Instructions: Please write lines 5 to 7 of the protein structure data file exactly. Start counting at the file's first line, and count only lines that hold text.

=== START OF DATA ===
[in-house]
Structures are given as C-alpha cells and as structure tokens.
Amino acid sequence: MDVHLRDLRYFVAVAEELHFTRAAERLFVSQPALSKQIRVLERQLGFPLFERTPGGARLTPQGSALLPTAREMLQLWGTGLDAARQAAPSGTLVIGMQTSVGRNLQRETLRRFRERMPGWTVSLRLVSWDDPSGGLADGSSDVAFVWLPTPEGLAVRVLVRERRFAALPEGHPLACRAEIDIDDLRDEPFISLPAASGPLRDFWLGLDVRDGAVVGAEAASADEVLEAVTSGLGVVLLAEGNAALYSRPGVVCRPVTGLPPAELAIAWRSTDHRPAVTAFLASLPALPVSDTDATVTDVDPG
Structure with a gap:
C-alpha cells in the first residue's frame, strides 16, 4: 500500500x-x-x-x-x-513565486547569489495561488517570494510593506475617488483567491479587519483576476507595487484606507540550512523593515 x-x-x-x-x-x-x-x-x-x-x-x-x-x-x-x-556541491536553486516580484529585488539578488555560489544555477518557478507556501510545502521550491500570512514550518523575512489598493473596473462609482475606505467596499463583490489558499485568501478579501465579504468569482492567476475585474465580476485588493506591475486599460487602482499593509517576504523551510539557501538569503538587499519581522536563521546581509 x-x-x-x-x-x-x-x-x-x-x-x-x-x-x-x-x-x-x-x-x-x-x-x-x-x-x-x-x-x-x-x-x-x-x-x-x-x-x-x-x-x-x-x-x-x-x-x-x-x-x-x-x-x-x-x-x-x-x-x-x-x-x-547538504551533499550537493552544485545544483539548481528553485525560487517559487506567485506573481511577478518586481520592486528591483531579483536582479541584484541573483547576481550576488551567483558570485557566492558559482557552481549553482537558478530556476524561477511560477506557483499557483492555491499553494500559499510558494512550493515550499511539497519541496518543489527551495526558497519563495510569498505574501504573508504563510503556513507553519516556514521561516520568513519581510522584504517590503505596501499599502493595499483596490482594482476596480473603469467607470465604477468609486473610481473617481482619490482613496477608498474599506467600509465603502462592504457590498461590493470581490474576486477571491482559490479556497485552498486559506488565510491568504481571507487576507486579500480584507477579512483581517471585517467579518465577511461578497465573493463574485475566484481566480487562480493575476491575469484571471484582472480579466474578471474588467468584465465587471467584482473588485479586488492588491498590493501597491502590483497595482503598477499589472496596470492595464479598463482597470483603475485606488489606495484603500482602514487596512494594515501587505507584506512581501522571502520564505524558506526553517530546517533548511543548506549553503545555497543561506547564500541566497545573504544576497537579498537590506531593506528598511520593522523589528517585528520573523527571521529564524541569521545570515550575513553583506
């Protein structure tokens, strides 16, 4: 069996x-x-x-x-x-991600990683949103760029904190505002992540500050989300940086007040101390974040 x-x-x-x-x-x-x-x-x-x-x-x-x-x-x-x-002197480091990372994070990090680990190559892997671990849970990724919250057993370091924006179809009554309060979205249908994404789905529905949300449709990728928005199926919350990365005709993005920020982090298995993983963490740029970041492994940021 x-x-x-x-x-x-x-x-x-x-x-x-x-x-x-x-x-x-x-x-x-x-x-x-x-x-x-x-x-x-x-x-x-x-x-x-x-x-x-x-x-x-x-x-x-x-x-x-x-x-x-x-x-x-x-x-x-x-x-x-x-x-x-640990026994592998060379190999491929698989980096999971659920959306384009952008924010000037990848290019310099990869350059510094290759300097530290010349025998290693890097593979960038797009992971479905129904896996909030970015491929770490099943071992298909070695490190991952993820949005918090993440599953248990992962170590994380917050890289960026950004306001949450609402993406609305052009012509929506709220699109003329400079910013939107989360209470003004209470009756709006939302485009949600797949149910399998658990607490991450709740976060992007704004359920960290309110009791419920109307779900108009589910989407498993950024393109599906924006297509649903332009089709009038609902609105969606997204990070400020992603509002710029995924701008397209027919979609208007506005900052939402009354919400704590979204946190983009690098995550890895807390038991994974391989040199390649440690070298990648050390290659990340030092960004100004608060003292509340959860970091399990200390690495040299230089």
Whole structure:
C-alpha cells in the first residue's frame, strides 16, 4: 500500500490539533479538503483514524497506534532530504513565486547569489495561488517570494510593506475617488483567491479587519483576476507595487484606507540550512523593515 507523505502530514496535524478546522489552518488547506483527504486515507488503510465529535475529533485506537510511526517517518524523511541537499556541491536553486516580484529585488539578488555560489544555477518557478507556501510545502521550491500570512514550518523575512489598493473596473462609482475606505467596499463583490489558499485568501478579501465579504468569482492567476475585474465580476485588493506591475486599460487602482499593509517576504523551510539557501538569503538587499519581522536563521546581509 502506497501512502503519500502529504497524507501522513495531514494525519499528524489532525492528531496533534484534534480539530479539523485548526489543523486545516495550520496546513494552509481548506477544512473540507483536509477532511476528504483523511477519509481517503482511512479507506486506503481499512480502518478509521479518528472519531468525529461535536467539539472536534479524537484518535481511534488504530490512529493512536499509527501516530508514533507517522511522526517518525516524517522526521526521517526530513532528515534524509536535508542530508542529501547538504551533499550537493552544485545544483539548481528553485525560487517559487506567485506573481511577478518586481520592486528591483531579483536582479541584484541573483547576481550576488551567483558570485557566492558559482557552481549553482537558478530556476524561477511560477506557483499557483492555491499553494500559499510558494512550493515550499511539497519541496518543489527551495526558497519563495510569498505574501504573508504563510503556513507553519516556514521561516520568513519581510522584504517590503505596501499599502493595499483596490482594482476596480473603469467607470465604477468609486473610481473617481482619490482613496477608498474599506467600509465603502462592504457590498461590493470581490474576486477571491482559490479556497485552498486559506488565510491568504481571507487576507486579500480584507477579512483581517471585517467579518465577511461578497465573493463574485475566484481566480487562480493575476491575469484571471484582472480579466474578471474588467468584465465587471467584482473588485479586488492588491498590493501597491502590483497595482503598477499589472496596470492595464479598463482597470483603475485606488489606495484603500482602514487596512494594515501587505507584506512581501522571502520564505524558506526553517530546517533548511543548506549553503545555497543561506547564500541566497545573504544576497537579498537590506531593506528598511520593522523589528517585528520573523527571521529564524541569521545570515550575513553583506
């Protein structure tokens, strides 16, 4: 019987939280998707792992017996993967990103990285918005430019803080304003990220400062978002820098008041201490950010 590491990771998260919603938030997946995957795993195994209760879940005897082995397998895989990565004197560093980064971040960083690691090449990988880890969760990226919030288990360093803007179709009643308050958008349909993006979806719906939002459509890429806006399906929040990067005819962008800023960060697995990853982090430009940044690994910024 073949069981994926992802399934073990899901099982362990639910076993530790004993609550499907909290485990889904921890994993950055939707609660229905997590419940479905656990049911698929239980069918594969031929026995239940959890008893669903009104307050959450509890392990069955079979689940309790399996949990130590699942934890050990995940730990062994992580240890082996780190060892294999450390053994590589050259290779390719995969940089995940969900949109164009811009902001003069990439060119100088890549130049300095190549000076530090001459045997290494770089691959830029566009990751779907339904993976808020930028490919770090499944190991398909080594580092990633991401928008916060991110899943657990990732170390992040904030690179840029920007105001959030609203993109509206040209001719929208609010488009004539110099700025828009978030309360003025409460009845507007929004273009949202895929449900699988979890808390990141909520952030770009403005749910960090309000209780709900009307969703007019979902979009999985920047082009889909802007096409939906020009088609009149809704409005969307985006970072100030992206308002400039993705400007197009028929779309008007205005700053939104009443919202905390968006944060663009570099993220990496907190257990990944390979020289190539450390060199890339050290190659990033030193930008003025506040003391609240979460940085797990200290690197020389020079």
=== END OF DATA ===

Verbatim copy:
C-alpha cells in the first residue's frame, strides 16, 4: 500500500x-x-x-x-x-513565486547569489495561488517570494510593506475617488483567491479587519483576476507595487484606507540550512523593515 x-x-x-x-x-x-x-x-x-x-x-x-x-x-x-x-556541491536553486516580484529585488539578488555560489544555477518557478507556501510545502521550491500570512514550518523575512489598493473596473462609482475606505467596499463583490489558499485568501478579501465579504468569482492567476475585474465580476485588493506591475486599460487602482499593509517576504523551510539557501538569503538587499519581522536563521546581509 x-x-x-x-x-x-x-x-x-x-x-x-x-x-x-x-x-x-x-x-x-x-x-x-x-x-x-x-x-x-x-x-x-x-x-x-x-x-x-x-x-x-x-x-x-x-x-x-x-x-x-x-x-x-x-x-x-x-x-x-x-x-x-547538504551533499550537493552544485545544483539548481528553485525560487517559487506567485506573481511577478518586481520592486528591483531579483536582479541584484541573483547576481550576488551567483558570485557566492558559482557552481549553482537558478530556476524561477511560477506557483499557483492555491499553494500559499510558494512550493515550499511539497519541496518543489527551495526558497519563495510569498505574501504573508504563510503556513507553519516556514521561516520568513519581510522584504517590503505596501499599502493595499483596490482594482476596480473603469467607470465604477468609486473610481473617481482619490482613496477608498474599506467600509465603502462592504457590498461590493470581490474576486477571491482559490479556497485552498486559506488565510491568504481571507487576507486579500480584507477579512483581517471585517467579518465577511461578497465573493463574485475566484481566480487562480493575476491575469484571471484582472480579466474578471474588467468584465465587471467584482473588485479586488492588491498590493501597491502590483497595482503598477499589472496596470492595464479598463482597470483603475485606488489606495484603500482602514487596512494594515501587505507584506512581501522571502520564505524558506526553517530546517533548511543548506549553503545555497543561506547564500541566497545573504544576497537579498537590506531593506528598511520593522523589528517585528520573523527571521529564524541569521545570515550575513553583506
């Protein structure tokens, strides 16, 4: 069996x-x-x-x-x-991600990683949103760029904190505002992540500050989300940086007040101390974040 x-x-x-x-x-x-x-x-x-x-x-x-x-x-x-x-002197480091990372994070990090680990190559892997671990849970990724919250057993370091924006179809009554309060979205249908994404789905529905949300449709990728928005199926919350990365005709993005920020982090298995993983963490740029970041492994940021 x-x-x-x-x-x-x-x-x-x-x-x-x-x-x-x-x-x-x-x-x-x-x-x-x-x-x-x-x-x-x-x-x-x-x-x-x-x-x-x-x-x-x-x-x-x-x-x-x-x-x-x-x-x-x-x-x-x-x-x-x-x-x-640990026994592998060379190999491929698989980096999971659920959306384009952008924010000037990848290019310099990869350059510094290759300097530290010349025998290693890097593979960038797009992971479905129904896996909030970015491929770490099943071992298909070695490190991952993820949005918090993440599953248990992962170590994380917050890289960026950004306001949450609402993406609305052009012509929506709220699109003329400079910013939107989360209470003004209470009756709006939302485009949600797949149910399998658990607490991450709740976060992007704004359920960290309110009791419920109307779900108009589910989407498993950024393109599906924006297509649903332009089709009038609902609105969606997204990070400020992603509002710029995924701008397209027919979609208007506005900052939402009354919400704590979204946190983009690098995550890895807390038991994974391989040199390649440690070298990648050390290659990340030092960004100004608060003292509340959860970091399990200390690495040299230089």
Whole structure: